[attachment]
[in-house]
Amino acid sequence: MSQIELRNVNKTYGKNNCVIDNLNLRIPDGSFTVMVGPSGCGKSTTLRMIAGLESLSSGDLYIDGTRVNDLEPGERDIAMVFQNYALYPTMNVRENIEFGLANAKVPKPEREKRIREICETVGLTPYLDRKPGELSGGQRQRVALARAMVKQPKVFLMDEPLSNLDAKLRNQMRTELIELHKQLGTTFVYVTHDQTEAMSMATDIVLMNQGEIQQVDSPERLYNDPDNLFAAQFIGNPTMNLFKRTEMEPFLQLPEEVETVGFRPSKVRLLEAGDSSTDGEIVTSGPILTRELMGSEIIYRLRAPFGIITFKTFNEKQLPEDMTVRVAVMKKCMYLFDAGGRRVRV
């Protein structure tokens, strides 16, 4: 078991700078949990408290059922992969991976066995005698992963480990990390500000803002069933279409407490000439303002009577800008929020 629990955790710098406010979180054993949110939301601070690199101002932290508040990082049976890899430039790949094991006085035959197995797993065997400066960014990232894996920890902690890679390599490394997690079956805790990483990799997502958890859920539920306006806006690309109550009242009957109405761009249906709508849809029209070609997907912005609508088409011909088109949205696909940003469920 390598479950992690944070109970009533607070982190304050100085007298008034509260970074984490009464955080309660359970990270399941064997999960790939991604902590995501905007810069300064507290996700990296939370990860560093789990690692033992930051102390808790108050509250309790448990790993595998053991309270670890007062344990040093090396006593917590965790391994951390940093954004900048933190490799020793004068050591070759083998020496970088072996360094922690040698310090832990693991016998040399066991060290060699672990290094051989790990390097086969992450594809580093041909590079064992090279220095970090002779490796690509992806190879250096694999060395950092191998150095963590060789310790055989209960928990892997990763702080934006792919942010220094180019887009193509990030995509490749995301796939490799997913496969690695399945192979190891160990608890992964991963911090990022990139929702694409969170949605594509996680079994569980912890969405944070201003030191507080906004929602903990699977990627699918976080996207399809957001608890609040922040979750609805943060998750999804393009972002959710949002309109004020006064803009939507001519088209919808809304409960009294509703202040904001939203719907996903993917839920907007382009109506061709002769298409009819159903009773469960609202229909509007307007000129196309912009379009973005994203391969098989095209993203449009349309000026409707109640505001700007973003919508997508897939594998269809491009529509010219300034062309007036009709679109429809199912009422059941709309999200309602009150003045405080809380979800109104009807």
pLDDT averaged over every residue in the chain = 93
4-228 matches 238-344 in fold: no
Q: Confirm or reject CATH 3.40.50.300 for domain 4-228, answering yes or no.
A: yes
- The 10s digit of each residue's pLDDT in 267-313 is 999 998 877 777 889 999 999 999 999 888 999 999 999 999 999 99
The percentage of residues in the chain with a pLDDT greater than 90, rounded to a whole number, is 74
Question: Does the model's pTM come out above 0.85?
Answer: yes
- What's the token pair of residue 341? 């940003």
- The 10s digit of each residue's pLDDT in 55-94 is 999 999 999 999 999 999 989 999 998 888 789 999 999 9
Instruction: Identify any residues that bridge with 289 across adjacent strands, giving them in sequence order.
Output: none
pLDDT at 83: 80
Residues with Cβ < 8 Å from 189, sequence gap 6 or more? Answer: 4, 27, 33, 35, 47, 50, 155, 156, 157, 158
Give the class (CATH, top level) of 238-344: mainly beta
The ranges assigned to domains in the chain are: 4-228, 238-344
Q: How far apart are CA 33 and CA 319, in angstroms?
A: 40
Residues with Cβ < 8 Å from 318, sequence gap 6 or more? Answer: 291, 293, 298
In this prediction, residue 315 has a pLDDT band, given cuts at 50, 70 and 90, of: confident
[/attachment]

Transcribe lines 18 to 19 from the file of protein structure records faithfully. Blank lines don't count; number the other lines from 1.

Give the class (CATH, top level) of 238-344: mainly beta
The ranges assigned to domains in the chain are: 4-228, 238-344